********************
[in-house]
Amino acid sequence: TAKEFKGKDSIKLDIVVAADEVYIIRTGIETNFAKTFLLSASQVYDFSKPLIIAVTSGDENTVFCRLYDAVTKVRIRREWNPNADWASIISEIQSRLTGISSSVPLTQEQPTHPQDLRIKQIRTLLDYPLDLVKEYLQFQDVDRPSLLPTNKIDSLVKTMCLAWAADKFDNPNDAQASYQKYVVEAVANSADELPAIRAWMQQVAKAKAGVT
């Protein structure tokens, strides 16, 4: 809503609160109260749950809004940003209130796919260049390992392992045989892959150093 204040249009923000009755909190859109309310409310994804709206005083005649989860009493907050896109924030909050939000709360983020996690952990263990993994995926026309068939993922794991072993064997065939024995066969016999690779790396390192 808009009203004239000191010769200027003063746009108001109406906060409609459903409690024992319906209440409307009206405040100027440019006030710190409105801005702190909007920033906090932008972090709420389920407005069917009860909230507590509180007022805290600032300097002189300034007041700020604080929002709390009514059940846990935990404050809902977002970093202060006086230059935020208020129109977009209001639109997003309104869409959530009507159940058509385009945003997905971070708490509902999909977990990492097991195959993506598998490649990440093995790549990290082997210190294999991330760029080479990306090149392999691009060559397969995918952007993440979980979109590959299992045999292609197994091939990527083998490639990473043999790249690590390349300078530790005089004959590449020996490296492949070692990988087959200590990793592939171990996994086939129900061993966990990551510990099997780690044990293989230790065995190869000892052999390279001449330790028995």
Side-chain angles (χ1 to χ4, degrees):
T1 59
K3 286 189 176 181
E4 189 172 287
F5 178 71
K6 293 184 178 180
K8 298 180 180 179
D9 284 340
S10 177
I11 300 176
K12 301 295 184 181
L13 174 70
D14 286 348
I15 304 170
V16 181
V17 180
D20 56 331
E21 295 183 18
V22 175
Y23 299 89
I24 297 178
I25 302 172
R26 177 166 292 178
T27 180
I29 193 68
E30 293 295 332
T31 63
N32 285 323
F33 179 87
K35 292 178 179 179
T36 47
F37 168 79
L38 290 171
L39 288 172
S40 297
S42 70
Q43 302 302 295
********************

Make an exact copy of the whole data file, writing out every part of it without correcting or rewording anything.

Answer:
[in-house]
Amino acid sequence: TAKEFKGKDSIKLDIVVAADEVYIIRTGIETNFAKTFLLSASQVYDFSKPLIIAVTSGDENTVFCRLYDAVTKVRIRREWNPNADWASIISEIQSRLTGISSSVPLTQEQPTHPQDLRIKQIRTLLDYPLDLVKEYLQFQDVDRPSLLPTNKIDSLVKTMCLAWAADKFDNPNDAQASYQKYVVEAVANSADELPAIRAWMQQVAKAKAGVT
């Protein structure tokens, strides 16, 4: 809503609160109260749950809004940003209130796919260049390992392992045989892959150093 204040249009923000009755909190859109309310409310994804709206005083005649989860009493907050896109924030909050939000709360983020996690952990263990993994995926026309068939993922794991072993064997065939024995066969016999690779790396390192 808009009203004239000191010769200027003063746009108001109406906060409609459903409690024992319906209440409307009206405040100027440019006030710190409105801005702190909007920033906090932008972090709420389920407005069917009860909230507590509180007022805290600032300097002189300034007041700020604080929002709390009514059940846990935990404050809902977002970093202060006086230059935020208020129109977009209001639109997003309104869409959530009507159940058509385009945003997905971070708490509902999909977990990492097991195959993506598998490649990440093995790549990290082997210190294999991330760029080479990306090149392999691009060559397969995918952007993440979980979109590959299992045999292609197994091939990527083998490639990473043999790249690590390349300078530790005089004959590449020996490296492949070692990988087959200590990793592939171990996994086939129900061993966990990551510990099997780690044990293989230790065995190869000892052999390279001449330790028995």
Side-chain angles (χ1 to χ4, degrees):
T1 59
K3 286 189 176 181
E4 189 172 287
F5 178 71
K6 293 184 178 180
K8 298 180 180 179
D9 284 340
S10 177
I11 300 176
K12 301 295 184 181
L13 174 70
D14 286 348
I15 304 170
V16 181
V17 180
D20 56 331
E21 295 183 18
V22 175
Y23 299 89
I24 297 178
I25 302 172
R26 177 166 292 178
T27 180
I29 193 68
E30 293 295 332
T31 63
N32 285 323
F33 179 87
K35 292 178 179 179
T36 47
F37 168 79
L38 290 171
L39 288 172
S40 297
S42 70
Q43 302 302 295